A new wood-based design could reduce the carbon footprint of greenhouses by enabling them to become heat providers rather than consumers. The enclosed design is ideal for vertical farming and growing crops in urban areas using less land, fewer resources, and less water.
The technology for the wood-based greenhouse was devised by doctoral candidate Pasi Herranen, so says Aalto University in a press release. After a year of building prototypes by hand, Herranen had developed the technology enough to warrant a larger-scale test, and a 65m2 test greenhouse was built in western Finland.
The test greenhouse uses half as much energy and 95% less water than traditional glass greenhouses in year-round cultivation in Finland. ‘The wooden structures can be continuously maintained in good condition, and they insulate so well that no separate heating is needed. All of the heat comes from LED lamps lighting the lettuce crops,’ says Herranen.
The secret lies in the birch plywood elements that make up the walls and ceiling, completely enclosing the growth rooms. Herranen used vacuum drying to remove moisture from the plywood. He also designed a special interior structure between the plywood panels that reinforces them, keeping the elements together under the high pressure of vacuum drying.
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The resulting insulation is so effective that no external heating is needed. The plants use about 4% of the energy from LED lights to grow and transform the remainder into thermal energy. ‘Up to 90% of the energy used for lighting could be distributed to the district heating network, which means that the greenhouses would become heat producers,’ says Herranen. District heating networks distribute heat produced at central facilities to many buildings. ‘On top of that, moisture released by the plants is collected and reused to water them again, so the water inside harvested plants is the only water that leaves the wooden greenhouse.’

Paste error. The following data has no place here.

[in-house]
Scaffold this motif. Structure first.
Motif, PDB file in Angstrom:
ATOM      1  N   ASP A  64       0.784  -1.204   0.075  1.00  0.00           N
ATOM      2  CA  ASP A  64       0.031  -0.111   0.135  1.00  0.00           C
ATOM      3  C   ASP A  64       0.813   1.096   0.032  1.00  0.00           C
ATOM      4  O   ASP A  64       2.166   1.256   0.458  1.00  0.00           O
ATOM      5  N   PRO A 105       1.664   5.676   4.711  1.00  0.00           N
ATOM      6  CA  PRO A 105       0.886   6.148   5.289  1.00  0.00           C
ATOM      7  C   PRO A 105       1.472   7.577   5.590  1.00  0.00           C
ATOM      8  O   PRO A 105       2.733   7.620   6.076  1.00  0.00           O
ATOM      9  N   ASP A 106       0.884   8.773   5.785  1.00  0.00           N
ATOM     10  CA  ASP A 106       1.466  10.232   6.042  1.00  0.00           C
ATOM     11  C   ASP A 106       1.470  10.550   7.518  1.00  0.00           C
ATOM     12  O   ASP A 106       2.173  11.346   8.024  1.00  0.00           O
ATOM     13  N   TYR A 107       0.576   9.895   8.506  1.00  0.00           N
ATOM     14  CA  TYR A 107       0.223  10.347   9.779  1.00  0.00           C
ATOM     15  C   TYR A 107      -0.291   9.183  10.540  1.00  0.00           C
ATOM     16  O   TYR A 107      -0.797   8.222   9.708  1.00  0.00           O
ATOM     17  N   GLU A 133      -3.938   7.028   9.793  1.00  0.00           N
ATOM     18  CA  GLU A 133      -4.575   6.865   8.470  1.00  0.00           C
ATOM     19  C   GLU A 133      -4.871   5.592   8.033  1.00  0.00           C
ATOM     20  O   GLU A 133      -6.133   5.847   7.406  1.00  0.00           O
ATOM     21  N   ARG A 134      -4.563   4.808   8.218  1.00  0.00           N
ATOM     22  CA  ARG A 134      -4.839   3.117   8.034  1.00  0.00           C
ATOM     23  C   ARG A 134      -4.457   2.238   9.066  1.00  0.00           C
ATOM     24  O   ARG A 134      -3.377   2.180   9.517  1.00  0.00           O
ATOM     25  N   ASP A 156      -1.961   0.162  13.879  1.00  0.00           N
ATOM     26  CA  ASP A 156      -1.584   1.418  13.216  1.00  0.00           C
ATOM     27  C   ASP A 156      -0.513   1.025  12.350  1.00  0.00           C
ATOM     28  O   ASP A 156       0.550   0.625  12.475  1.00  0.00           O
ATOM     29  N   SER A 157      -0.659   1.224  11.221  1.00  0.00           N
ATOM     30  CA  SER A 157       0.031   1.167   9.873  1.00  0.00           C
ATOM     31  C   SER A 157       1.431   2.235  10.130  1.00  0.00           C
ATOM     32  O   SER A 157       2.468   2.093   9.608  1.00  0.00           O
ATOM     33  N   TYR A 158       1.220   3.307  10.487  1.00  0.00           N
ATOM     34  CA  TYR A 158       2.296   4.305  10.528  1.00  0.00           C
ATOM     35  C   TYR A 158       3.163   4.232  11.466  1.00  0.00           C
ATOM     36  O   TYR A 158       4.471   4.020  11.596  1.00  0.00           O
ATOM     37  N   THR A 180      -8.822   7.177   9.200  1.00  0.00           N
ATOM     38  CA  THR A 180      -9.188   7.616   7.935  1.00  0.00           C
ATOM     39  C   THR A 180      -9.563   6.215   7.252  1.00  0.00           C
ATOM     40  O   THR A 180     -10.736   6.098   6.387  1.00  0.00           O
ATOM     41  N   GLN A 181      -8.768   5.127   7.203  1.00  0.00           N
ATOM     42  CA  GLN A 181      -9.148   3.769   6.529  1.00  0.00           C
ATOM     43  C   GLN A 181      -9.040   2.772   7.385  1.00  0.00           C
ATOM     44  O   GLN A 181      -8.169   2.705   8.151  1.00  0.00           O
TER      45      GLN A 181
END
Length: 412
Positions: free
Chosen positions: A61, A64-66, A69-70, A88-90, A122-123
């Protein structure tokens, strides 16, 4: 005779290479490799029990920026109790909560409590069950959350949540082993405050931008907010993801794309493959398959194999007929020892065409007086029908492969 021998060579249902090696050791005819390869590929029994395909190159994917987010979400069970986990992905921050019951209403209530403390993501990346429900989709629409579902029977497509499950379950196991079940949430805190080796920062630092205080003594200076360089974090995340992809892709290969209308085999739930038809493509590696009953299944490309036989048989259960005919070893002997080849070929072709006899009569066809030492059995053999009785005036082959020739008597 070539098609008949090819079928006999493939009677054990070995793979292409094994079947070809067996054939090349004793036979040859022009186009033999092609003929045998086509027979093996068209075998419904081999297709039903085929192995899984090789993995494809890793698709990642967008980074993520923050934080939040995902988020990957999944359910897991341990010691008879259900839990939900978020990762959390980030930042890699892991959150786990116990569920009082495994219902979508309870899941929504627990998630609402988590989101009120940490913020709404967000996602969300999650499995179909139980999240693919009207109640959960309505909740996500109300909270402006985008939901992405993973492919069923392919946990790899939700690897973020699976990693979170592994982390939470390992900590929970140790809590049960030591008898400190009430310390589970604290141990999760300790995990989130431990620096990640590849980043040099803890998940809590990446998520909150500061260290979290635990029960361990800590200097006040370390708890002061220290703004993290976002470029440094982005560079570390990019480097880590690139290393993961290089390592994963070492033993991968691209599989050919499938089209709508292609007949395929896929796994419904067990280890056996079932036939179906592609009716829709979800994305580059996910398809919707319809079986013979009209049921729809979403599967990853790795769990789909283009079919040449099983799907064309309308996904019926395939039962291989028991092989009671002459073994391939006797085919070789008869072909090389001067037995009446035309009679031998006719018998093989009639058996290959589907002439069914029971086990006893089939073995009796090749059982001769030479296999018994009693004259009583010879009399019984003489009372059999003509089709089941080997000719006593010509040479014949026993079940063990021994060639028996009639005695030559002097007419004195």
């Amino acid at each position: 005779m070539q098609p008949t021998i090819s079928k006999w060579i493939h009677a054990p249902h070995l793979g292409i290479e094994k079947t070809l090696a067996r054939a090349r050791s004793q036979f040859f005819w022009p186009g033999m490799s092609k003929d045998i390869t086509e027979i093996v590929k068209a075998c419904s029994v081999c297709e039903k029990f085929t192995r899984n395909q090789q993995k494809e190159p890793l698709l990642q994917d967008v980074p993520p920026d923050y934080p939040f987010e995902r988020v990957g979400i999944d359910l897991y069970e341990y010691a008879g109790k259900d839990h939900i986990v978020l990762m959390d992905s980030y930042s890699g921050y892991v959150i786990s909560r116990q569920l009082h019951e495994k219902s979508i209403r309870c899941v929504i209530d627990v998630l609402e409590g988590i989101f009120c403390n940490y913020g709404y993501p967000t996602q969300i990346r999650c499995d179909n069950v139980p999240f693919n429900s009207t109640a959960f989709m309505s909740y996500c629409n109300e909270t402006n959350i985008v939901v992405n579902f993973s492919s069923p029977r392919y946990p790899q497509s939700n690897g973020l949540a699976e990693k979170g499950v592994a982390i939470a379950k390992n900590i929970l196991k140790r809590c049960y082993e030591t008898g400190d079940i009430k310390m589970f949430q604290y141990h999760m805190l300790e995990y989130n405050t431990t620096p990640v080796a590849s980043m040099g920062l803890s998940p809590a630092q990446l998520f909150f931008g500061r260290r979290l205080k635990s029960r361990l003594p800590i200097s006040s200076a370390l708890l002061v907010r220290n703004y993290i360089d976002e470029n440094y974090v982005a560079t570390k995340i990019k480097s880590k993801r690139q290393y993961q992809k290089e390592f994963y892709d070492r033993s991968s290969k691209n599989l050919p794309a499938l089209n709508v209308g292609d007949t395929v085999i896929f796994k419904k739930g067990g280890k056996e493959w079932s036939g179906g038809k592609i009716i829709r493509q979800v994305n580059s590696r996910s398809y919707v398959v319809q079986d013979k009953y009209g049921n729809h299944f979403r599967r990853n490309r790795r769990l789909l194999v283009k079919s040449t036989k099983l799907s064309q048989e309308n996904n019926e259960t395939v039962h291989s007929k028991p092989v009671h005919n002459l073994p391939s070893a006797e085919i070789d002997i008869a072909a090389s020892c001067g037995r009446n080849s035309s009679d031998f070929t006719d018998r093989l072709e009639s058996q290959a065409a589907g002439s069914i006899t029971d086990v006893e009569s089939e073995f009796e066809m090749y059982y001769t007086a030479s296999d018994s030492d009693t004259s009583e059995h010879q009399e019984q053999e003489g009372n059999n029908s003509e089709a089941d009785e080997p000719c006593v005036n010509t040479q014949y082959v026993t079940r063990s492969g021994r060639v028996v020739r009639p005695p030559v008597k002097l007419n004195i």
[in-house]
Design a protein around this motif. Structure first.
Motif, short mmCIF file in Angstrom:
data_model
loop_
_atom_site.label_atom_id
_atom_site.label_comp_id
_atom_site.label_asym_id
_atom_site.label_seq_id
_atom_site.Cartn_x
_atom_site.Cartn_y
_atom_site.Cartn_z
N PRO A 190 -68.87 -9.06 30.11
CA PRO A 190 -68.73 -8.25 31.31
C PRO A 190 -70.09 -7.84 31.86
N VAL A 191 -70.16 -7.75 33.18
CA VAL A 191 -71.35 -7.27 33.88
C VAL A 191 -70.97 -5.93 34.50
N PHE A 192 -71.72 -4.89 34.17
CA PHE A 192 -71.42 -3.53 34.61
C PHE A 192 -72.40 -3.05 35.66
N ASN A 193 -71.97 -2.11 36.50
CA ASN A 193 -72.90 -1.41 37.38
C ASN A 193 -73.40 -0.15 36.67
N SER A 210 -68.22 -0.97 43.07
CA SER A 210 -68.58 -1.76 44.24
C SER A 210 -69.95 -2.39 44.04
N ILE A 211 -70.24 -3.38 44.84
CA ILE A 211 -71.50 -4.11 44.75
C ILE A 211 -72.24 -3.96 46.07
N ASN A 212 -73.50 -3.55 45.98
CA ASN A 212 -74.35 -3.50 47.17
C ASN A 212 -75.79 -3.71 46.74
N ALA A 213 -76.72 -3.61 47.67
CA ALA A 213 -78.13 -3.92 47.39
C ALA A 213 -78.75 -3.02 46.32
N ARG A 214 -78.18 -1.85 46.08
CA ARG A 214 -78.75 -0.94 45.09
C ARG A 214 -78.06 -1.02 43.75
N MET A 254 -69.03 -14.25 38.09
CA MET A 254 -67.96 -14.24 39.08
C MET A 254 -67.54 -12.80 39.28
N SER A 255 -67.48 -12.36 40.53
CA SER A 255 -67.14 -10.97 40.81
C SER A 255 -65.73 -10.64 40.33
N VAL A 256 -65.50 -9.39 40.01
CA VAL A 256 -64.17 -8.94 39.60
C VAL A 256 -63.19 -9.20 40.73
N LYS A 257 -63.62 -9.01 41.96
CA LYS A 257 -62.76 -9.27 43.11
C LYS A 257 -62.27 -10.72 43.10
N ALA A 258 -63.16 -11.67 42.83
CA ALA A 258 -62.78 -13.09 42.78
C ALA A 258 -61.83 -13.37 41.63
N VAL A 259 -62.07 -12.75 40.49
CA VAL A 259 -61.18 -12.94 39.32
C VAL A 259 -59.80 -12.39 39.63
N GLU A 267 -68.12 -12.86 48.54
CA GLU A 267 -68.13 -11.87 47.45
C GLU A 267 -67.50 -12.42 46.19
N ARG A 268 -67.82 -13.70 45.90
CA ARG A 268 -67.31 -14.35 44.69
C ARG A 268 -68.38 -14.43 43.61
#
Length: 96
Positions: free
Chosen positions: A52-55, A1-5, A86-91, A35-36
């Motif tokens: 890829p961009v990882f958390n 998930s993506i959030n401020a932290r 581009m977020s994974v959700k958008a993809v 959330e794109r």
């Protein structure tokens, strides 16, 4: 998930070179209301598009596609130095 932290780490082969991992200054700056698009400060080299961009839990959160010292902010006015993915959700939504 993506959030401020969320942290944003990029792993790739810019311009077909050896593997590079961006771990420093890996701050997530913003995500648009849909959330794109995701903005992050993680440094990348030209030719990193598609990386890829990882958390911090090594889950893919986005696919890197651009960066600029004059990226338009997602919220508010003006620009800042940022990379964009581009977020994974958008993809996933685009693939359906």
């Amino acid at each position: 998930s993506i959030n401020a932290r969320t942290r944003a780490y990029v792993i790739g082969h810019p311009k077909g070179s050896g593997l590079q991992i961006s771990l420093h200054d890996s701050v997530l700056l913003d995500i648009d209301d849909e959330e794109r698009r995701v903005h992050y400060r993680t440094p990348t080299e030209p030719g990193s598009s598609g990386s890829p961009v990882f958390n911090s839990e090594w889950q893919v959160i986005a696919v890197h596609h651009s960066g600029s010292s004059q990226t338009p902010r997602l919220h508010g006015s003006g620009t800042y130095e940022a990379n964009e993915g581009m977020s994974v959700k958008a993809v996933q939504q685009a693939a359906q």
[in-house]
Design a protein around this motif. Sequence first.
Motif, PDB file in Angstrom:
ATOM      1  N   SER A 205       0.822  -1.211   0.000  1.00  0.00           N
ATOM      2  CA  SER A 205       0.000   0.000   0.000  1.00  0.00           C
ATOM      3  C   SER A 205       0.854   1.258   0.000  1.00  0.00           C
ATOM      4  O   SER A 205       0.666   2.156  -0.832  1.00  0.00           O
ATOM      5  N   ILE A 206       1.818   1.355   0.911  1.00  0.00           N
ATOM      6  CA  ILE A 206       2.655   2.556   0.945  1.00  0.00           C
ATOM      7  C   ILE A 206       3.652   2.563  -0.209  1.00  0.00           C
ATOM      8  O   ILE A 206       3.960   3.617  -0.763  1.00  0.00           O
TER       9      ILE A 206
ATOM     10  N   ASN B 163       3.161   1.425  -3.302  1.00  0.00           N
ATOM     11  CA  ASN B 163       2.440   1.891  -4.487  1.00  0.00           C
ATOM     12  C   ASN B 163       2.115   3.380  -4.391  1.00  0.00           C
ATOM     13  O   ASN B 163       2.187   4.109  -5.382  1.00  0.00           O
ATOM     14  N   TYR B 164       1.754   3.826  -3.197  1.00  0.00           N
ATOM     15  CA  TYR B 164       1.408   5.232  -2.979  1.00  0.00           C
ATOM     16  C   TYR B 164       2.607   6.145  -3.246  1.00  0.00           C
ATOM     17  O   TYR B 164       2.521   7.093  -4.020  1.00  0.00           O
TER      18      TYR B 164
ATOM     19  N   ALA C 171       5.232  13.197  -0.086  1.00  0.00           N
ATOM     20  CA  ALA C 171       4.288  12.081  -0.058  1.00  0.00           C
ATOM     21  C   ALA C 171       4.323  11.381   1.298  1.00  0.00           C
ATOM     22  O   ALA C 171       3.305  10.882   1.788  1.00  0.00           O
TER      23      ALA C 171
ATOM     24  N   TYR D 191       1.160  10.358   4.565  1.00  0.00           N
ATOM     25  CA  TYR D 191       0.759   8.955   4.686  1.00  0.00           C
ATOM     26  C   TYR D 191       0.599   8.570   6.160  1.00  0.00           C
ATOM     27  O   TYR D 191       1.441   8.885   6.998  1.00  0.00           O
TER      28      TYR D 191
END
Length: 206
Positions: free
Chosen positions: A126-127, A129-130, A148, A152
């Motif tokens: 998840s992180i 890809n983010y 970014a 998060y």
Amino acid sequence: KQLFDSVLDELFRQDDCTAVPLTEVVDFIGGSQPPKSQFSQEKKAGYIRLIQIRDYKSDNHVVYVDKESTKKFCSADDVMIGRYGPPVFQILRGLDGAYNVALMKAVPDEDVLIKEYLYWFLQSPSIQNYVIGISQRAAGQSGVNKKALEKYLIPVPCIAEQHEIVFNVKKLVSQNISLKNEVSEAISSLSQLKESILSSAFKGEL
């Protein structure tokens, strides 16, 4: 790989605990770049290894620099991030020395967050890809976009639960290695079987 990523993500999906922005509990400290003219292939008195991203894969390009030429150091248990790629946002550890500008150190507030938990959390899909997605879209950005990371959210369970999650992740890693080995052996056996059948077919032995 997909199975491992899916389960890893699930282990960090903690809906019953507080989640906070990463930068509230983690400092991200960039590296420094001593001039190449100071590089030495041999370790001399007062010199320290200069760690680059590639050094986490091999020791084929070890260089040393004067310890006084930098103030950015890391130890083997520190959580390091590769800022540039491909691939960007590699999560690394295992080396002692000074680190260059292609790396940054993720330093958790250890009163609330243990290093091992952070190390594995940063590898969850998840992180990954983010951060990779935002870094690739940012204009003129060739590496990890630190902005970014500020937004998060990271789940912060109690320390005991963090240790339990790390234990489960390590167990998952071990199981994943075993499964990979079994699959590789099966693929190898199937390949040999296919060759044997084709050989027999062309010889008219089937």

The greenhouse was conceived and designed as an optimal solution for vertical farming. Growing crops in layer boosts the productivity of an area of land, while using a complete enclosure reduces water use and means crops can be grown outside of traditional agricultural areas.
‘Vertical farming is growing in popularity worldwide, as it can also be used to grow food in places that are too hot for traditional greenhouses. A fully-sealed greenhouse allows for farming without enormous cooling costs,’ explains Herranen.
Lettuces and herbs are the most common vertically farmed plants, but Herranen says the method could also be extended to more nutrient-rich plants. Turning a profit in the face of high capital costs has been a challenge for vertical farming, but Herranen believes that selling heat to the district heating network could tip the balance.
Following the success of the pilot greenhouse, Herranen plans to build a larger greenhouse on the campus of Aalto University. This will let him test how well the technology scales up and see how it performs in an urban setting.
In the long run, the plywood elements could also be used in other types of construction. ‘The structure is so strong and compact that it could even replace concrete construction underground,’ says Herranen. ‘We’re planning to pilot this in the next few years.’
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